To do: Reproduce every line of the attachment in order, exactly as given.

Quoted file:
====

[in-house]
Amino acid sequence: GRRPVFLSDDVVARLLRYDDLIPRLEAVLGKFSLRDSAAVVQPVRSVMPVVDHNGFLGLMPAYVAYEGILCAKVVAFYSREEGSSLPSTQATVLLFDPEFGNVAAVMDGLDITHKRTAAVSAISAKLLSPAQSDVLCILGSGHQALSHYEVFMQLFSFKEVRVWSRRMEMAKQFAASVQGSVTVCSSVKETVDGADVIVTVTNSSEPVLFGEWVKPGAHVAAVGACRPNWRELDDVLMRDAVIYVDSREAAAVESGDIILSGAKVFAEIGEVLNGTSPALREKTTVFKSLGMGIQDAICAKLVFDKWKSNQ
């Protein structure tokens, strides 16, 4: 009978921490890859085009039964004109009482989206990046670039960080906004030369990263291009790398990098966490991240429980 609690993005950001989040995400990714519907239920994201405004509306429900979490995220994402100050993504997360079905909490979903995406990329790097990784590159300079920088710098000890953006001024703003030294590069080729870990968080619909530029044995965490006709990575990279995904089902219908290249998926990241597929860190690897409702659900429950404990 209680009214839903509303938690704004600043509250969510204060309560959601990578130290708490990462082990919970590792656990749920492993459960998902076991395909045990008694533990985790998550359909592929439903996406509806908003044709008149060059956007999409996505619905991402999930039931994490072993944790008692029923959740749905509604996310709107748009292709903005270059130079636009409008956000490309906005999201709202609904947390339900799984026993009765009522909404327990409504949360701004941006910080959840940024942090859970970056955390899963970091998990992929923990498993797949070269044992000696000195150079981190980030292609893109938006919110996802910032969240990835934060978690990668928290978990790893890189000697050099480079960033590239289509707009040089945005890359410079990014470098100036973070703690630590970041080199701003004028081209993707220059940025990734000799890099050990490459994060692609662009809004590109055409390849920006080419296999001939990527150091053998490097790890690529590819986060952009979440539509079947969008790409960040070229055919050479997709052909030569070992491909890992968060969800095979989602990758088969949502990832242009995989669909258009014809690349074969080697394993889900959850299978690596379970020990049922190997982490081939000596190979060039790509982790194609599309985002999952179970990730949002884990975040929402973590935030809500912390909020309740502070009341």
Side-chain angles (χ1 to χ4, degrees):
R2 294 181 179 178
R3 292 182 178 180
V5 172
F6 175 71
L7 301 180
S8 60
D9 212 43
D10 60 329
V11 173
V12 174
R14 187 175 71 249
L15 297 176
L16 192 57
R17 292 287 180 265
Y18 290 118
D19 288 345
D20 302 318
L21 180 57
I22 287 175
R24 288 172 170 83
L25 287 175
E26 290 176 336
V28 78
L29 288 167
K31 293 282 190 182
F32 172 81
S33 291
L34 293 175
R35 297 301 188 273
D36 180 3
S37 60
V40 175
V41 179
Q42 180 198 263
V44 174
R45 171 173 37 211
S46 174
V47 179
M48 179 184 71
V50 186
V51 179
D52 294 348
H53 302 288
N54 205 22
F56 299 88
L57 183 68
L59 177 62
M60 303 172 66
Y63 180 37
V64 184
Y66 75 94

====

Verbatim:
[in-house]
Amino acid sequence: GRRPVFLSDDVVARLLRYDDLIPRLEAVLGKFSLRDSAAVVQPVRSVMPVVDHNGFLGLMPAYVAYEGILCAKVVAFYSREEGSSLPSTQATVLLFDPEFGNVAAVMDGLDITHKRTAAVSAISAKLLSPAQSDVLCILGSGHQALSHYEVFMQLFSFKEVRVWSRRMEMAKQFAASVQGSVTVCSSVKETVDGADVIVTVTNSSEPVLFGEWVKPGAHVAAVGACRPNWRELDDVLMRDAVIYVDSREAAAVESGDIILSGAKVFAEIGEVLNGTSPALREKTTVFKSLGMGIQDAICAKLVFDKWKSNQ
């Protein structure tokens, strides 16, 4: 009978921490890859085009039964004109009482989206990046670039960080906004030369990263291009790398990098966490991240429980 609690993005950001989040995400990714519907239920994201405004509306429900979490995220994402100050993504997360079905909490979903995406990329790097990784590159300079920088710098000890953006001024703003030294590069080729870990968080619909530029044995965490006709990575990279995904089902219908290249998926990241597929860190690897409702659900429950404990 209680009214839903509303938690704004600043509250969510204060309560959601990578130290708490990462082990919970590792656990749920492993459960998902076991395909045990008694533990985790998550359909592929439903996406509806908003044709008149060059956007999409996505619905991402999930039931994490072993944790008692029923959740749905509604996310709107748009292709903005270059130079636009409008956000490309906005999201709202609904947390339900799984026993009765009522909404327990409504949360701004941006910080959840940024942090859970970056955390899963970091998990992929923990498993797949070269044992000696000195150079981190980030292609893109938006919110996802910032969240990835934060978690990668928290978990790893890189000697050099480079960033590239289509707009040089945005890359410079990014470098100036973070703690630590970041080199701003004028081209993707220059940025990734000799890099050990490459994060692609662009809004590109055409390849920006080419296999001939990527150091053998490097790890690529590819986060952009979440539509079947969008790409960040070229055919050479997709052909030569070992491909890992968060969800095979989602990758088969949502990832242009995989669909258009014809690349074969080697394993889900959850299978690596379970020990049922190997982490081939000596190979060039790509982790194609599309985002999952179970990730949002884990975040929402973590935030809500912390909020309740502070009341």
Side-chain angles (χ1 to χ4, degrees):
R2 294 181 179 178
R3 292 182 178 180
V5 172
F6 175 71
L7 301 180
S8 60
D9 212 43
D10 60 329
V11 173
V12 174
R14 187 175 71 249
L15 297 176
L16 192 57
R17 292 287 180 265
Y18 290 118
D19 288 345
D20 302 318
L21 180 57
I22 287 175
R24 288 172 170 83
L25 287 175
E26 290 176 336
V28 78
L29 288 167
K31 293 282 190 182
F32 172 81
S33 291
L34 293 175
R35 297 301 188 273
D36 180 3
S37 60
V40 175
V41 179
Q42 180 198 263
V44 174
R45 171 173 37 211
S46 174
V47 179
M48 179 184 71
V50 186
V51 179
D52 294 348
H53 302 288
N54 205 22
F56 299 88
L57 183 68
L59 177 62
M60 303 172 66
Y63 180 37
V64 184
Y66 75 94